Seeking fortune, Carbonell finds calling
As a young man, Ruben Carbonell was looking for a way to turn his interests in chemistry and math into a well-paying career. He found inspiration in the pages of a magazine.Posted — Updated
"I remember one day sitting in high school, and I opened up a Time magazine," Carbonell said.
In that 1964 edition was the annual list of in-demand professions. "It was a list that they publish each year on careers where people make the most money," Carbonell said.
From that time one, Carbonell was set on a path that has seen him achieve what few others have in the world of education and science.
"That was the reason why I studied," he said. "It was an economic driver to improve my personal well-being and that of my family. It wasn't a very sophisticated thought process, but it worked out for me."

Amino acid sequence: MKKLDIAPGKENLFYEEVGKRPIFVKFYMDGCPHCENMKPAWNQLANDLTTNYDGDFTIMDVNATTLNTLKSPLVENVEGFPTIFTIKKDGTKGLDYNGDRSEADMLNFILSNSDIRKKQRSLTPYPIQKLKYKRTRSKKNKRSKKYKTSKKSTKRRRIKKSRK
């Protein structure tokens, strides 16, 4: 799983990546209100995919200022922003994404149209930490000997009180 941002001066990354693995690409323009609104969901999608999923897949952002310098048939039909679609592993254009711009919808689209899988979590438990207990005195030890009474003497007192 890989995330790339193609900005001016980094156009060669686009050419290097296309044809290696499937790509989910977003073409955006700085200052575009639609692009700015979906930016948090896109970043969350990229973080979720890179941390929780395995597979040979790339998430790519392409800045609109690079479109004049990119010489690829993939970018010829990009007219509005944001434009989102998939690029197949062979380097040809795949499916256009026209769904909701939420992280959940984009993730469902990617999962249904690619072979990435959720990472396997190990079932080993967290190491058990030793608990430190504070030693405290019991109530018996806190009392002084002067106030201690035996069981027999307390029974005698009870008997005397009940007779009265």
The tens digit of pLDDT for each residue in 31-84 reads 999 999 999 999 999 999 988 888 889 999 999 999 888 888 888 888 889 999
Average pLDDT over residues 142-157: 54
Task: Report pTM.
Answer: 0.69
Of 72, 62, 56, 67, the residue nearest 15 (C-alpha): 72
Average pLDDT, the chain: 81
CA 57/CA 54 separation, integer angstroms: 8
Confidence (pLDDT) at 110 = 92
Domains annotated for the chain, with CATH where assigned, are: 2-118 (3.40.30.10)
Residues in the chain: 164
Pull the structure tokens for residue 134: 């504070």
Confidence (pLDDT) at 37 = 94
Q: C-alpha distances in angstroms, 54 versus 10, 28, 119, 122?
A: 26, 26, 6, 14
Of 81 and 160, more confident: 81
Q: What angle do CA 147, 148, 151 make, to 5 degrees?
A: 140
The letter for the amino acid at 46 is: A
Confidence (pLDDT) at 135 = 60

Carbonell left Cuba was he was 11 years old. His parents immigrated to seek economic opportunities.
"I value my culture a lot, and that will never go away," he said. "I also value the U.S. tremendously and what I have been able to do here."
His team is working to find a less expensive, more efficient, quicker way to make medicine that fights cancer.
Carbonell is a mentor to many and is encouraged by the increasing number of Hispanic engineers. The community as a whole, he says, is a growing population with a bright future.
"We need to create an environment where the parents, the family and the society encourages those folks to follow their dreams and reach those goals they’re reading about in magazines," Carbonell said.
"If we harness and take advantage of that, the whole country will be much better off in the future," he said.
As for Carbonell's future, his weekend includes a big honor. He is being inducted into the National Academy of Engineering.
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